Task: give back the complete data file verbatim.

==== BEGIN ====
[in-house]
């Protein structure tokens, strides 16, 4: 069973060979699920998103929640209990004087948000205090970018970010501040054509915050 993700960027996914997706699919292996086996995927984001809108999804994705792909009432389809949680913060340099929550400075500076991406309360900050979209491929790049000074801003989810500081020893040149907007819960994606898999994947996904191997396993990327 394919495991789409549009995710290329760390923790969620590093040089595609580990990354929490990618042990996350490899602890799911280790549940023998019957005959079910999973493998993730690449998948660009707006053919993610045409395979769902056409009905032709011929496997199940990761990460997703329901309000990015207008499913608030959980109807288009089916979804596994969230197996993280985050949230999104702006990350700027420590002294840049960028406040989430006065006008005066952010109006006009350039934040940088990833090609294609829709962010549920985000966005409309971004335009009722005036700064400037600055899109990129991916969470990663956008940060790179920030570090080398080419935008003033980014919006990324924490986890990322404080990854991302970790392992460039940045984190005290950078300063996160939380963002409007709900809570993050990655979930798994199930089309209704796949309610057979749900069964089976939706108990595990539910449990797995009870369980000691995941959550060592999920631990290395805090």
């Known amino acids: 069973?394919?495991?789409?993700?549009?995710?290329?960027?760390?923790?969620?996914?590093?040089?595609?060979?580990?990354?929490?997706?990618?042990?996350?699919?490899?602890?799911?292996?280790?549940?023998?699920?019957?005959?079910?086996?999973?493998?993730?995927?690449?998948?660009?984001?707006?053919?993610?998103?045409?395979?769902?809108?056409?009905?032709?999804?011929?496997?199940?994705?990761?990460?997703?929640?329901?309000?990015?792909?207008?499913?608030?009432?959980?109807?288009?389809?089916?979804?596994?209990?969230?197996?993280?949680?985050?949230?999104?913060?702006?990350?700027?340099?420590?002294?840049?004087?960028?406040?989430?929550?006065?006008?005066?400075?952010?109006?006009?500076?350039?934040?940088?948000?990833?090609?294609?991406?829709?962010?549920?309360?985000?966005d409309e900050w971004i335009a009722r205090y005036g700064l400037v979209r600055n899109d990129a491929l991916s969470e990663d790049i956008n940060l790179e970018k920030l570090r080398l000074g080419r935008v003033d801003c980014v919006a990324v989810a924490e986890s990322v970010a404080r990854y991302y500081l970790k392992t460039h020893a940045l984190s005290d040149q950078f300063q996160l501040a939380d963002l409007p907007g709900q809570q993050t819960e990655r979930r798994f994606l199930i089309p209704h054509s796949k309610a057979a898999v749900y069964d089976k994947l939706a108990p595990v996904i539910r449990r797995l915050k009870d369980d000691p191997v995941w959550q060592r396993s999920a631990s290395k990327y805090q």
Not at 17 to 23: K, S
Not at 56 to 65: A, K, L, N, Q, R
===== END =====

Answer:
[in-house]
């Protein structure tokens, strides 16, 4: 069973060979699920998103929640209990004087948000205090970018970010501040054509915050 993700960027996914997706699919292996086996995927984001809108999804994705792909009432389809949680913060340099929550400075500076991406309360900050979209491929790049000074801003989810500081020893040149907007819960994606898999994947996904191997396993990327 394919495991789409549009995710290329760390923790969620590093040089595609580990990354929490990618042990996350490899602890799911280790549940023998019957005959079910999973493998993730690449998948660009707006053919993610045409395979769902056409009905032709011929496997199940990761990460997703329901309000990015207008499913608030959980109807288009089916979804596994969230197996993280985050949230999104702006990350700027420590002294840049960028406040989430006065006008005066952010109006006009350039934040940088990833090609294609829709962010549920985000966005409309971004335009009722005036700064400037600055899109990129991916969470990663956008940060790179920030570090080398080419935008003033980014919006990324924490986890990322404080990854991302970790392992460039940045984190005290950078300063996160939380963002409007709900809570993050990655979930798994199930089309209704796949309610057979749900069964089976939706108990595990539910449990797995009870369980000691995941959550060592999920631990290395805090």
């Known amino acids: 069973?394919?495991?789409?993700?549009?995710?290329?960027?760390?923790?969620?996914?590093?040089?595609?060979?580990?990354?929490?997706?990618?042990?996350?699919?490899?602890?799911?292996?280790?549940?023998?699920?019957?005959?079910?086996?999973?493998?993730?995927?690449?998948?660009?984001?707006?053919?993610?998103?045409?395979?769902?809108?056409?009905?032709?999804?011929?496997?199940?994705?990761?990460?997703?929640?329901?309000?990015?792909?207008?499913?608030?009432?959980?109807?288009?389809?089916?979804?596994?209990?969230?197996?993280?949680?985050?949230?999104?913060?702006?990350?700027?340099?420590?002294?840049?004087?960028?406040?989430?929550?006065?006008?005066?400075?952010?109006?006009?500076?350039?934040?940088?948000?990833?090609?294609?991406?829709?962010?549920?309360?985000?966005d409309e900050w971004i335009a009722r205090y005036g700064l400037v979209r600055n899109d990129a491929l991916s969470e990663d790049i956008n940060l790179e970018k920030l570090r080398l000074g080419r935008v003033d801003c980014v919006a990324v989810a924490e986890s990322v970010a404080r990854y991302y500081l970790k392992t460039h020893a940045l984190s005290d040149q950078f300063q996160l501040a939380d963002l409007p907007g709900q809570q993050t819960e990655r979930r798994f994606l199930i089309p209704h054509s796949k309610a057979a898999v749900y069964d089976k994947l939706a108990p595990v996904i539910r449990r797995l915050k009870d369980d000691p191997v995941w959550q060592r396993s999920a631990s290395k990327y805090q």
Not at 17 to 23: K, S
Not at 56 to 65: A, K, L, N, Q, R